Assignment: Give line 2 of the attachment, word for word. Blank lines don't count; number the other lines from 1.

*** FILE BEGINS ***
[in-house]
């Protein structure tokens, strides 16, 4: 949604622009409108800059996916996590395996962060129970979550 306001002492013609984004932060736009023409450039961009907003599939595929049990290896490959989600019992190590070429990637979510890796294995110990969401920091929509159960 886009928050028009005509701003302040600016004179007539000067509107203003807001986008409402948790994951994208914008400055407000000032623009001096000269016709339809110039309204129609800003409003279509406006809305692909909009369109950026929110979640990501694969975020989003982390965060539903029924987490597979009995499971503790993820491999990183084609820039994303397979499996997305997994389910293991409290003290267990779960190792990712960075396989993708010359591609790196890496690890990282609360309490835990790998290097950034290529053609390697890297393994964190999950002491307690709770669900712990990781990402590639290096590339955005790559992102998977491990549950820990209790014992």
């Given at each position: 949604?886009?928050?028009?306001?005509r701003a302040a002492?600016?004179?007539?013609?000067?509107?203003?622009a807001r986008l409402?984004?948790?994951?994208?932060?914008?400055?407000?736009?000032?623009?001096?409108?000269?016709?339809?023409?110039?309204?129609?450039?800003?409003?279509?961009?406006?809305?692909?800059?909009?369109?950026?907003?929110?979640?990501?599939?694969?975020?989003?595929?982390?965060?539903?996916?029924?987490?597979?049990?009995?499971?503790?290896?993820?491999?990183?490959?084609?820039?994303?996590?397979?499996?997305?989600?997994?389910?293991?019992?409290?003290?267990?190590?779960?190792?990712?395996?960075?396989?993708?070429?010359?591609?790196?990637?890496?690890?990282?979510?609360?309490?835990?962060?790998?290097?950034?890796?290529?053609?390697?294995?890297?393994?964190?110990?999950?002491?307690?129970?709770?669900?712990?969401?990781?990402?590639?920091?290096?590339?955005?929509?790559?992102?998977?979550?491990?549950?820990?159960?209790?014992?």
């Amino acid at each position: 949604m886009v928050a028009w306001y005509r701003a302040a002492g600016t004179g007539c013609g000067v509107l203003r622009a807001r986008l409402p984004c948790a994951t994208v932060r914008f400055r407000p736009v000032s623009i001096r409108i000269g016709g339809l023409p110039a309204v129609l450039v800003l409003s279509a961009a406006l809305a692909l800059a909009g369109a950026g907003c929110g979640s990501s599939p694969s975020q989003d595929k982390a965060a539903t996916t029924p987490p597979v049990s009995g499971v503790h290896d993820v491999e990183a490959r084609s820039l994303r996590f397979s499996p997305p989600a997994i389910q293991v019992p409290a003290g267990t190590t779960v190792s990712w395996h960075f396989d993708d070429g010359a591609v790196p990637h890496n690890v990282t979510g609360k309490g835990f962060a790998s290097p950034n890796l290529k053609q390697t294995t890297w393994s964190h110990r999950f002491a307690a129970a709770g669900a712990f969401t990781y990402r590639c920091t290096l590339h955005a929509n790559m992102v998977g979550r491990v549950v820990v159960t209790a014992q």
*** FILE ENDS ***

């Protein structure tokens, strides 16, 4: 949604622009409108800059996916996590395996962060129970979550 306001002492013609984004932060736009023409450039961009907003599939595929049990290896490959989600019992190590070429990637979510890796294995110990969401920091929509159960 886009928050028009005509701003302040600016004179007539000067509107203003807001986008409402948790994951994208914008400055407000000032623009001096000269016709339809110039309204129609800003409003279509406006809305692909909009369109950026929110979640990501694969975020989003982390965060539903029924987490597979009995499971503790993820491999990183084609820039994303397979499996997305997994389910293991409290003290267990779960190792990712960075396989993708010359591609790196890496690890990282609360309490835990790998290097950034290529053609390697890297393994964190999950002491307690709770669900712990990781990402590639290096590339955005790559992102998977491990549950820990209790014992």